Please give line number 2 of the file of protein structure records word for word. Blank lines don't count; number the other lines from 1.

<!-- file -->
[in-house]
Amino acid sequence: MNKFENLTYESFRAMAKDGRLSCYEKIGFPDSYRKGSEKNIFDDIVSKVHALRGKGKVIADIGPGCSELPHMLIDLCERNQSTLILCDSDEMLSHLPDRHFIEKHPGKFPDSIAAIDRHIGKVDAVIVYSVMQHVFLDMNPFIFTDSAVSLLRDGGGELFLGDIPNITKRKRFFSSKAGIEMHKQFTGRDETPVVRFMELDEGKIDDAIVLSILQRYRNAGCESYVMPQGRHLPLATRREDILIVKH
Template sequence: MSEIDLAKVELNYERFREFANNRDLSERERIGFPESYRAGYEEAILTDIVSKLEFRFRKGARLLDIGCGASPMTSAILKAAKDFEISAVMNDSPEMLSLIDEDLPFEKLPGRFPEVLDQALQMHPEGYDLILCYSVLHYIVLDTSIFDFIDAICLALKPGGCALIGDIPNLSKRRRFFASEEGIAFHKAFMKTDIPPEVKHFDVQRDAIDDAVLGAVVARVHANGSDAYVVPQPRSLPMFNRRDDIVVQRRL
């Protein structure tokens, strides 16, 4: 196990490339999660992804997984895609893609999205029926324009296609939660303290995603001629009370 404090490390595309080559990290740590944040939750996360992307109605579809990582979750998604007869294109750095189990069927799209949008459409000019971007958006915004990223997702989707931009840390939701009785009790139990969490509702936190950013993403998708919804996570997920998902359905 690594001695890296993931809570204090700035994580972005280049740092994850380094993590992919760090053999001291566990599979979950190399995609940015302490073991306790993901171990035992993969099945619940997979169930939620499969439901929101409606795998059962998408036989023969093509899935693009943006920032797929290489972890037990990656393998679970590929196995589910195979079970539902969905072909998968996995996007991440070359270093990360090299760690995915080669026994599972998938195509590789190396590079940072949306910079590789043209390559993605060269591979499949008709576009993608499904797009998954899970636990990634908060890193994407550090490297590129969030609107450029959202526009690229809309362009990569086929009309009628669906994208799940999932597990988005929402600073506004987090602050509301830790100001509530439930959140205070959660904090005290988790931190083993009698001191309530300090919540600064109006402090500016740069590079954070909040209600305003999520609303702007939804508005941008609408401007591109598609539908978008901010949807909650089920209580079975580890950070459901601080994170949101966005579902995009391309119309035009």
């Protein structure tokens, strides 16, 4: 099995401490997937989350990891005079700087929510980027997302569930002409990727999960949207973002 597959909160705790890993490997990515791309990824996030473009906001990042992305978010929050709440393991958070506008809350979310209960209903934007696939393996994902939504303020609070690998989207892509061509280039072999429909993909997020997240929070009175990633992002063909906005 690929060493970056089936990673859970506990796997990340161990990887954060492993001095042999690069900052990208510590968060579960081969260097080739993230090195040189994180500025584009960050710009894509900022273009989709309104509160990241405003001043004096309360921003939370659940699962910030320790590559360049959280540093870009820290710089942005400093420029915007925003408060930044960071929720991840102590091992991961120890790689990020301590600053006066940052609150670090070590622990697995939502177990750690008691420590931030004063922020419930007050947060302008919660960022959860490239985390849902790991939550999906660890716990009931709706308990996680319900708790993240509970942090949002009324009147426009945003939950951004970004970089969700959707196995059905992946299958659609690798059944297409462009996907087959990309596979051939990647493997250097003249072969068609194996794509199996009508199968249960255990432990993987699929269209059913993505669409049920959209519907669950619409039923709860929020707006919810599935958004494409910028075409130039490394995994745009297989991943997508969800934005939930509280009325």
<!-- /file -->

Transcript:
Amino acid sequence: MNKFENLTYESFRAMAKDGRLSCYEKIGFPDSYRKGSEKNIFDDIVSKVHALRGKGKVIADIGPGCSELPHMLIDLCERNQSTLILCDSDEMLSHLPDRHFIEKHPGKFPDSIAAIDRHIGKVDAVIVYSVMQHVFLDMNPFIFTDSAVSLLRDGGGELFLGDIPNITKRKRFFSSKAGIEMHKQFTGRDETPVVRFMELDEGKIDDAIVLSILQRYRNAGCESYVMPQGRHLPLATRREDILIVKH